The Secret Side of the Courtenay River Estuary

When I do the regular Aipark Lagoon loop with the kids, I’ve often wondered about the far side of the Courtenay River which can be seen from this popular and well used walkway. The opposite bank has a wild and abandoned look, which is anchored by the empty Field Sawmill site. There’s no obvious access point, so there doesn’t seem to be any way to actually get over there and explore. And from the Airpark side it doesn’t look too inviting or that interesting—a line of tall dark trees ending in a grassy point which eventually becomes a muddy tidal marsh.

Earlier this month, Jocie visited the far side when she joined a guided Keeping it Living/Comox Valley Nature estuary walk as part of the Experience the Estuary awareness program. At the end of a very rough path through the woods, there are several places to access the wetlands at the tip. I walked out recently and was stunned by the sheer number of flowers in comparison to what can be found on the Airpark side of the water.

Courtenay Estuary Meadow
Paintbrush, common camas, and pretty shootingstar fill this part of the wetland meadow near the mouth of the Courtenay River.

Common camas (Camassia quamash) was in bloom at the relatively higher edges of the estuary meadows. I normally associate this plant with the drier habitat of Garry oak meadows and was surprised to find it here in such numbers. Many of the flowers were were still in bud.

Common camas (Camassia quamash)
The bright yellow stamens of Common camas (Camassia quamash) were brilliant against the rich blue of the tepals.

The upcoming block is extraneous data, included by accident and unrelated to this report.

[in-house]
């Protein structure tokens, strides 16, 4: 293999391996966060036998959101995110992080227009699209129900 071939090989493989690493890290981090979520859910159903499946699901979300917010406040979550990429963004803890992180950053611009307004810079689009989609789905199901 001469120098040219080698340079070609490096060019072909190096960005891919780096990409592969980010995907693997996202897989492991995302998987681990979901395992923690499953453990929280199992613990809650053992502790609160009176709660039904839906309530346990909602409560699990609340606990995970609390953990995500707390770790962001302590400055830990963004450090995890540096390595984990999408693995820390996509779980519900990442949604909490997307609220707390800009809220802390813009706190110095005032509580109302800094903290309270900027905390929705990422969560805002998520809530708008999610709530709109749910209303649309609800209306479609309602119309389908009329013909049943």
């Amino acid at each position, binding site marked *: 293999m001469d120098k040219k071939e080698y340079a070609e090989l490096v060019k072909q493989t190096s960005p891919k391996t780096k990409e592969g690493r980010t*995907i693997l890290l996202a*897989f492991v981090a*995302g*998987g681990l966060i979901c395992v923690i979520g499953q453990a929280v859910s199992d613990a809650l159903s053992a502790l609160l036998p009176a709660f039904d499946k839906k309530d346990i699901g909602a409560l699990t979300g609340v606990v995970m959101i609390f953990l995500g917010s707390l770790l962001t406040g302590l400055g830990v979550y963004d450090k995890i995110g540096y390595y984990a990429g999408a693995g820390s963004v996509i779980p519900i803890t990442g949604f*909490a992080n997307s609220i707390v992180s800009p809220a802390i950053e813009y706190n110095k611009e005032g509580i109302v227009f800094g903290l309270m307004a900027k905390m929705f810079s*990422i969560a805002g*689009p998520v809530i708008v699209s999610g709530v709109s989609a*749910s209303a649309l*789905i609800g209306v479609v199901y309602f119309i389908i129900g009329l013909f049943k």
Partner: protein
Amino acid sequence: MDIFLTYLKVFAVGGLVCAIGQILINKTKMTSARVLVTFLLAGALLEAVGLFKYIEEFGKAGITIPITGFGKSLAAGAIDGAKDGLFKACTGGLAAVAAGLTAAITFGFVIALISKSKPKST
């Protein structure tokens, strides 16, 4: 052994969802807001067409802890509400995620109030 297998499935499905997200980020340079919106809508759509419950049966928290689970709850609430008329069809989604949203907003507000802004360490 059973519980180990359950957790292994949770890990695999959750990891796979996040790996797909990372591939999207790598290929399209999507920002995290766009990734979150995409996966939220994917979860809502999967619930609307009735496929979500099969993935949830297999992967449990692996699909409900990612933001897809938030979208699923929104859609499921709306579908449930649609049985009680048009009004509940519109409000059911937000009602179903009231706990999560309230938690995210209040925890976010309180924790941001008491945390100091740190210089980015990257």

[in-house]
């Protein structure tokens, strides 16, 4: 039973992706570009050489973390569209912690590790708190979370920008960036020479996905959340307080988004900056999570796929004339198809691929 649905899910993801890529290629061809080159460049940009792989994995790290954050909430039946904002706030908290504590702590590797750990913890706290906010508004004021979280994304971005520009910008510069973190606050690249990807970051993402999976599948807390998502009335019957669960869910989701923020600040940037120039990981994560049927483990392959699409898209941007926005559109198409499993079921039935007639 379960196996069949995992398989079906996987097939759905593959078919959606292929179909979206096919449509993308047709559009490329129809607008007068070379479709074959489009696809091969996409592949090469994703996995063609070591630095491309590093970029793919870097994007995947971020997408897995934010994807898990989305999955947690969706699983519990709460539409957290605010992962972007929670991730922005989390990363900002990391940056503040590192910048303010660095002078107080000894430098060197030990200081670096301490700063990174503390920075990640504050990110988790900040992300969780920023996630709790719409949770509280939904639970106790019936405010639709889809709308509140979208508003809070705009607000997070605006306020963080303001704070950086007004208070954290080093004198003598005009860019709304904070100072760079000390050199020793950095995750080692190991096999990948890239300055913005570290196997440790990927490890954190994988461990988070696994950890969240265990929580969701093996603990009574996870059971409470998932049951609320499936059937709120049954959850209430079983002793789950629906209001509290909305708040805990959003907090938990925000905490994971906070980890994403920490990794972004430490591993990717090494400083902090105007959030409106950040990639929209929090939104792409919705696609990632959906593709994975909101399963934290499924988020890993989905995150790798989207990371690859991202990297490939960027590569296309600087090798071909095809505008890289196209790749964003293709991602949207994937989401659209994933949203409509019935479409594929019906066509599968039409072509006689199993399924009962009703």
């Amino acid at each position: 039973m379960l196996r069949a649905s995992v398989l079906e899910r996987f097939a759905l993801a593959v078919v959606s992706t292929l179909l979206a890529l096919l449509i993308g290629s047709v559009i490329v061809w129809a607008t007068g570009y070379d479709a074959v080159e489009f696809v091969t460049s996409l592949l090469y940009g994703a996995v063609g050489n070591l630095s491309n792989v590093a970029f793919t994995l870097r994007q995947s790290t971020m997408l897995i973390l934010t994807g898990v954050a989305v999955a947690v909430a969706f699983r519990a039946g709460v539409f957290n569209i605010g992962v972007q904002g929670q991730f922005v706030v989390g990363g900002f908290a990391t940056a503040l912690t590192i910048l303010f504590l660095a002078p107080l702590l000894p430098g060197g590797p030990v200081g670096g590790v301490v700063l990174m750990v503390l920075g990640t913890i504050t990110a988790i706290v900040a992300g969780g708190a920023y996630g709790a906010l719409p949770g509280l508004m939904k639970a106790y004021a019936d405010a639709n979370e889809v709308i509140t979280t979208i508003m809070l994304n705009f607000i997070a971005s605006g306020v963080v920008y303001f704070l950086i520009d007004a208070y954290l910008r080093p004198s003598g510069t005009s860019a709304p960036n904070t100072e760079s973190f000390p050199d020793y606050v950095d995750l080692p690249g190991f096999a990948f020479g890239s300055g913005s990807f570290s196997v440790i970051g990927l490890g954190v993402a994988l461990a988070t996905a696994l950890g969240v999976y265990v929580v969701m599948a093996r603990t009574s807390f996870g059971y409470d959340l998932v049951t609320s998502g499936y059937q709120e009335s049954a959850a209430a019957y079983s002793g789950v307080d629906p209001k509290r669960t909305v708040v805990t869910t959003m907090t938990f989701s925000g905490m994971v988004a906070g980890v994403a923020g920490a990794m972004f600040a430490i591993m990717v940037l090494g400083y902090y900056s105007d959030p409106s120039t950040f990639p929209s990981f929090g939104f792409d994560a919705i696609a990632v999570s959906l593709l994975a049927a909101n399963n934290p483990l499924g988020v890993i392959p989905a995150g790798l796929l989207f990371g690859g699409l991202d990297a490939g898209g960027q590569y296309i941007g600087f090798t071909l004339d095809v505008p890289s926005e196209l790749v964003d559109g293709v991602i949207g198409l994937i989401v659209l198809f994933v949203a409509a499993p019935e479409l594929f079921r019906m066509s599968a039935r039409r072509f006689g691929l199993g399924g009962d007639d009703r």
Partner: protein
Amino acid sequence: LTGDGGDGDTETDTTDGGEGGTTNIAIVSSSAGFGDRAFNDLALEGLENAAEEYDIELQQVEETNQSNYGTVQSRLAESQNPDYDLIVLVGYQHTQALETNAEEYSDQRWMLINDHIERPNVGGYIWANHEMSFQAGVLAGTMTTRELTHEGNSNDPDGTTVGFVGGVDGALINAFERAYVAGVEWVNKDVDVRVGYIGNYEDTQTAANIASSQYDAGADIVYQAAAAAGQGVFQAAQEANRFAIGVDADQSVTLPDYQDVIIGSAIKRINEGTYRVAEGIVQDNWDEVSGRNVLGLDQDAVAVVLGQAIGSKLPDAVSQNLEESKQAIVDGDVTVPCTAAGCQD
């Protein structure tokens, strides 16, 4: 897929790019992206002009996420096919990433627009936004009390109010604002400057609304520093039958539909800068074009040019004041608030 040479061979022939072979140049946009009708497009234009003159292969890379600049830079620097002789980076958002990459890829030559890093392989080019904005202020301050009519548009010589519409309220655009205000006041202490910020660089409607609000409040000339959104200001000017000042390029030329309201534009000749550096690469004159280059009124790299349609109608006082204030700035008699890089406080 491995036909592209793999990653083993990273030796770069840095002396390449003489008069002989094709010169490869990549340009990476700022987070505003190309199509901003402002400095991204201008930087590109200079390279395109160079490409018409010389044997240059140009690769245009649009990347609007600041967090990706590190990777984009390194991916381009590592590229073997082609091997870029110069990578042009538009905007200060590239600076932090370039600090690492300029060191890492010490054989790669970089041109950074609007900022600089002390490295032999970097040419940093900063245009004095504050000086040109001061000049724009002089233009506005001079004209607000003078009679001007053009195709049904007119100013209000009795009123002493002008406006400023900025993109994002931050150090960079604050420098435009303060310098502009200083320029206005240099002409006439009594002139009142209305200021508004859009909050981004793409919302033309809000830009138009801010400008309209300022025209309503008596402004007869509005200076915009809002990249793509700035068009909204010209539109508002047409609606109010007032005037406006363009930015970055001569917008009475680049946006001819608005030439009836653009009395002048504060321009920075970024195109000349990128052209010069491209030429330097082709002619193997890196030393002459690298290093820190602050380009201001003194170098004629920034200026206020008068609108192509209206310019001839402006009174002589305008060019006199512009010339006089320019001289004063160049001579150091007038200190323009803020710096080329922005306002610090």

Also along the edges and slightly higher ground were groups of paintbrush (Castilleja sp.). There definitely seemed to be at least two different species, with both common red paintbrush (C. miniata) and Unalaska paintbrush (C. unalaschcensis) recorded here. The colour variation ranged from deep orange-red through to pink and creamy white. In addition, I noticed that there were two different leaf shapes on plants with similar looking flowers. Some were entire, while others were deeply lobed.

Paintbrush (Castilleja sp.) – a number of different shades of colour and leaf shapes were noticeable in the plants in the meadow.

In the wetter areas, the aptly named  pretty shootingstar (Dodecatheon pulchellum) was common. This truly is a spectacular flower and one that is seen on both sides of the river. The delicate, downward pointing flowers with swept back magenta petals do look like shooting stars.

Few-flowered Shootingstar (Dodecatheon pulchellum)
The prolific Pretty  Shootingstar (Dodecatheon pulchellum) favoured the wetter areas in the meadow but could also be found mixed in with the other flowers as well.

Being out in this part of the estuary gives you a sense of how it must have been before the Comox Valley was developed. It is an isolated place, and even though it is so close to both the Comox Road and the Airpark, it somehow seems like a quiet secret garden.

This is a very sensitive area so visiting it on foot isn’t recommended. Consider renting a kayak and observing the wildflowers from the water. Many of these flowers can be observed on the Airpark side of the river as well.